Sterile neutrino, also known as the fourth neutrino, are hypothetical particles believed to interact only via gravity and not via any of the other fundamental interactions of the Standard Model.
For two decades, these particles have remained a promising explanation for anomalies seen in earlier physics experiments.
In the MicroBooNE experiment, an international team from the United States, with leadership from a UK team funded by the Science and Technology Facilities Council (STFC), offers results that cast doubt on the existence of the sterile neutrino. The MicroBooNE is a 170-ton neutrino detector.
The MicroBooNE experiment at Fermilab was designed to follow up on earlier hints of neutrinos behaving oddly, but the negative result deals a blow to the idea of such a new elementary particle.
Using advanced technology, scientists recorded precise 3D images of neutrino events. They then examined the particle interactions in detail. Four complimentary analyses released by the experiment deal a blow to the fourth neutrino hypothesis.
These four analyses did not show any sign of sterile neutrino. Instead, the results go with the Standard Model, which suggests three types of neutrinos only.
Professor Justin Evans, from the University of Manchester, is co-spokesperson of the experiment and has been leading this analysis for the past two years.
He said: “What we have achieved here with MicroBooNE is a transformative step for the field of neutrino physics.”
“We have studied, with exquisite precision, the interactions of neutrinos traveling over short baselines, and we have revealed a clear picture in which we see no suggestion of a fourth neutrino.”
“This heralds the start of a new era of precision for neutrino physics in which we will deepen our understanding of how the neutrino interacts, how it impacted the evolution of the universe, and what it can reveal to us about physics beyond our current Standard Model of how the universe behaves at the most fundamental level.”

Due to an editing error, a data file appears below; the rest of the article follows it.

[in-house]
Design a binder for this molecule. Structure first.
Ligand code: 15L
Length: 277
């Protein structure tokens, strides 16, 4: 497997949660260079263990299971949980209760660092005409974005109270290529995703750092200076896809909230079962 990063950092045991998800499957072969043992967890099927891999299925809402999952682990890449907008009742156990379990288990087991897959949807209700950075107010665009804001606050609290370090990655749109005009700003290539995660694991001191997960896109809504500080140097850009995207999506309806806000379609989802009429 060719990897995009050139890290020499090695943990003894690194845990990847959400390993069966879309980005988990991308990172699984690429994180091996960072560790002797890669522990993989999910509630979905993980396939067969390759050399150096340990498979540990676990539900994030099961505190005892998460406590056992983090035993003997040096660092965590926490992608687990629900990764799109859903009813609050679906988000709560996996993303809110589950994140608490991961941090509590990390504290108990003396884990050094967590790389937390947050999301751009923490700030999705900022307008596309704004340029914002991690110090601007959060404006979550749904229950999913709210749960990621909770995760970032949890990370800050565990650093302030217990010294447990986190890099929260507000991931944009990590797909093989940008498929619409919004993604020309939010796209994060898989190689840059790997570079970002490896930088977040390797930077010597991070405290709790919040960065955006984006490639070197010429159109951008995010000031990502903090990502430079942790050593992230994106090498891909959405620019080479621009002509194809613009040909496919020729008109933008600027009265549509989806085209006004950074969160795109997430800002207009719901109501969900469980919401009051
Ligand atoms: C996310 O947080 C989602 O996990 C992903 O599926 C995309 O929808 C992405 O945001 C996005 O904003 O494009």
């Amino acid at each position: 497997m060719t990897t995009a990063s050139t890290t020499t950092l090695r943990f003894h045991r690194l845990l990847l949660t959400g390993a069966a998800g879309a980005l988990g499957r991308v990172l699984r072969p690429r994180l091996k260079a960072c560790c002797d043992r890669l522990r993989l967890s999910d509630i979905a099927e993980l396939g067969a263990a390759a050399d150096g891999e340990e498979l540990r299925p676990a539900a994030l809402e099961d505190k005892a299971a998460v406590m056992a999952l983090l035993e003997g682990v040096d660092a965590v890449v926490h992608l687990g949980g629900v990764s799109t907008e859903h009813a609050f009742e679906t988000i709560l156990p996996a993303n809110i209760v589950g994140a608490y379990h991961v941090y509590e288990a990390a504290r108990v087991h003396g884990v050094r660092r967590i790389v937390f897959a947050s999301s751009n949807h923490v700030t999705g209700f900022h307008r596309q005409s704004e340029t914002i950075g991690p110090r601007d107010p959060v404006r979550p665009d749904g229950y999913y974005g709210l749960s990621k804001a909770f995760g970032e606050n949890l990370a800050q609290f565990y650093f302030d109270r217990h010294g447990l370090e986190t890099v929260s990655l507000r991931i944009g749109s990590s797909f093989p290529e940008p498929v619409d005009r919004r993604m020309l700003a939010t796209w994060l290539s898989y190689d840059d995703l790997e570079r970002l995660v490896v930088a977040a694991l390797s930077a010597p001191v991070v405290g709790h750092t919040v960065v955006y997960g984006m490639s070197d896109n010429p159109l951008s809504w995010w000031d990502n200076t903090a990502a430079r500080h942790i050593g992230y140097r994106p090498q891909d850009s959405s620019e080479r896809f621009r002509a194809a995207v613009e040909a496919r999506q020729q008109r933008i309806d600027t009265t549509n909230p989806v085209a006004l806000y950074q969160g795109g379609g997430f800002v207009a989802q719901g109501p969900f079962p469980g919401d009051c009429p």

Dr. Andrzej Szelc, from the University of Edinburgh, is the UK Principal Investigator of MicroBooNE. He said: “The strange results from previous experiments have puzzled theorists and experimentalists alike for many years.”
“Now that we have seen no hint of a fourth neutrino, we have to take a step back and try to figure out what could be happening. These kinds of seemingly contradictory results have often led to great breakthroughs in the past, so this is an exciting time to be a neutrino physicist.”
“The MicroBooNE results would not have been possible without the contribution of UK scientists, post-docs, and crucially post-graduate students, who have made key contributions to the commissioning and operation of the MicroBooNE detector as well as the development of its simulation and reconstruction software.”
Professor Mark Thomson, Executive Chair of STFC and one of the first UK physicists to join MicroBooNE, said: “This much-awaited result is a significant step in our understanding of neutrinos. This extremely challenging measurement is also essential because the MicroBooNE experiment used new technology to record detailed images of individual neutrino interactions.”
“The successful use the liquid argon imaging technology is a significant stepping stone towards DUNE.”
“Once complete by the end of this decade, DUNE will use several detectors each of the size of an extra-deep Olympic swimming pool, but with liquid argon replacing the water, to measure in detail the behavior of neutrinos.”
These results act as a turning point in neutrino research. As the evidence for sterile neutrinos becomes weaker, scientists explore other possibilities for anomalies in perceived neutrino behavior.